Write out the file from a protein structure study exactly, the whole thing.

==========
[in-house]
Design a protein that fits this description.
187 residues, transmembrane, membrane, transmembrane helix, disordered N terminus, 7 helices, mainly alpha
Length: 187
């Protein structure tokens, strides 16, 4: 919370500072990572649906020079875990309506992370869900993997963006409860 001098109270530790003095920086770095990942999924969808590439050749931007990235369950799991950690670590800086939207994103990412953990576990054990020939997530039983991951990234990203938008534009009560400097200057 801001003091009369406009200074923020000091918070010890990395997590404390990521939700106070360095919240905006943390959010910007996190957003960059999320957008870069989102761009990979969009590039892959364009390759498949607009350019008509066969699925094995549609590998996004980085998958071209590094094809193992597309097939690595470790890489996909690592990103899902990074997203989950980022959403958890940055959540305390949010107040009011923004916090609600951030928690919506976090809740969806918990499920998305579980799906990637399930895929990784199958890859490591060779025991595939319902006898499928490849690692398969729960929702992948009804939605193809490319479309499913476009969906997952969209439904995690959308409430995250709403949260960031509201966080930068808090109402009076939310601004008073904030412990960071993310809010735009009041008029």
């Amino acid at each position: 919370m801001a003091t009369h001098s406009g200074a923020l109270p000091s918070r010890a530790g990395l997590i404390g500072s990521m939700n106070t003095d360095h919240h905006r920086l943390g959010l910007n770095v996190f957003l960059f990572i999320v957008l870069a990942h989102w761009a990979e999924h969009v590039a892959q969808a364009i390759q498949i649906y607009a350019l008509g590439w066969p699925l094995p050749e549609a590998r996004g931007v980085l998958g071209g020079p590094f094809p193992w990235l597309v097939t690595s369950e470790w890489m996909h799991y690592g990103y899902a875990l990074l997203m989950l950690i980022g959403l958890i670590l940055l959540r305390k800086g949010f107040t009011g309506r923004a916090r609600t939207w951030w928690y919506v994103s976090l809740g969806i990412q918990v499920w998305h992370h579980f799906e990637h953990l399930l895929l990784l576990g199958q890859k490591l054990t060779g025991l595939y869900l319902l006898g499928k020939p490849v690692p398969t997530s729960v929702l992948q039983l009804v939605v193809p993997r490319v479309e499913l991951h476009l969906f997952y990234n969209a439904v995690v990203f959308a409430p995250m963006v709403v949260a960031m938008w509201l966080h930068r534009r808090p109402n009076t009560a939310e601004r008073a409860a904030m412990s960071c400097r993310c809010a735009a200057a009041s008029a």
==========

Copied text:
[in-house]
Design a protein that fits this description.
187 residues, transmembrane, membrane, transmembrane helix, disordered N terminus, 7 helices, mainly alpha
Length: 187
């Protein structure tokens, strides 16, 4: 919370500072990572649906020079875990309506992370869900993997963006409860 001098109270530790003095920086770095990942999924969808590439050749931007990235369950799991950690670590800086939207994103990412953990576990054990020939997530039983991951990234990203938008534009009560400097200057 801001003091009369406009200074923020000091918070010890990395997590404390990521939700106070360095919240905006943390959010910007996190957003960059999320957008870069989102761009990979969009590039892959364009390759498949607009350019008509066969699925094995549609590998996004980085998958071209590094094809193992597309097939690595470790890489996909690592990103899902990074997203989950980022959403958890940055959540305390949010107040009011923004916090609600951030928690919506976090809740969806918990499920998305579980799906990637399930895929990784199958890859490591060779025991595939319902006898499928490849690692398969729960929702992948009804939605193809490319479309499913476009969906997952969209439904995690959308409430995250709403949260960031509201966080930068808090109402009076939310601004008073904030412990960071993310809010735009009041008029």
């Amino acid at each position: 919370m801001a003091t009369h001098s406009g200074a923020l109270p000091s918070r010890a530790g990395l997590i404390g500072s990521m939700n106070t003095d360095h919240h905006r920086l943390g959010l910007n770095v996190f957003l960059f990572i999320v957008l870069a990942h989102w761009a990979e999924h969009v590039a892959q969808a364009i390759q498949i649906y607009a350019l008509g590439w066969p699925l094995p050749e549609a590998r996004g931007v980085l998958g071209g020079p590094f094809p193992w990235l597309v097939t690595s369950e470790w890489m996909h799991y690592g990103y899902a875990l990074l997203m989950l950690i980022g959403l958890i670590l940055l959540r305390k800086g949010f107040t009011g309506r923004a916090r609600t939207w951030w928690y919506v994103s976090l809740g969806i990412q918990v499920w998305h992370h579980f799906e990637h953990l399930l895929l990784l576990g199958q890859k490591l054990t060779g025991l595939y869900l319902l006898g499928k020939p490849v690692p398969t997530s729960v929702l992948q039983l009804v939605v193809p993997r490319v479309e499913l991951h476009l969906f997952y990234n969209a439904v995690v990203f959308a409430p995250m963006v709403v949260a960031m938008w509201l966080h930068r534009r808090p109402n009076t009560a939310e601004r008073a409860a904030m412990s960071c400097r993310c809010a735009a200057a009041s008029a």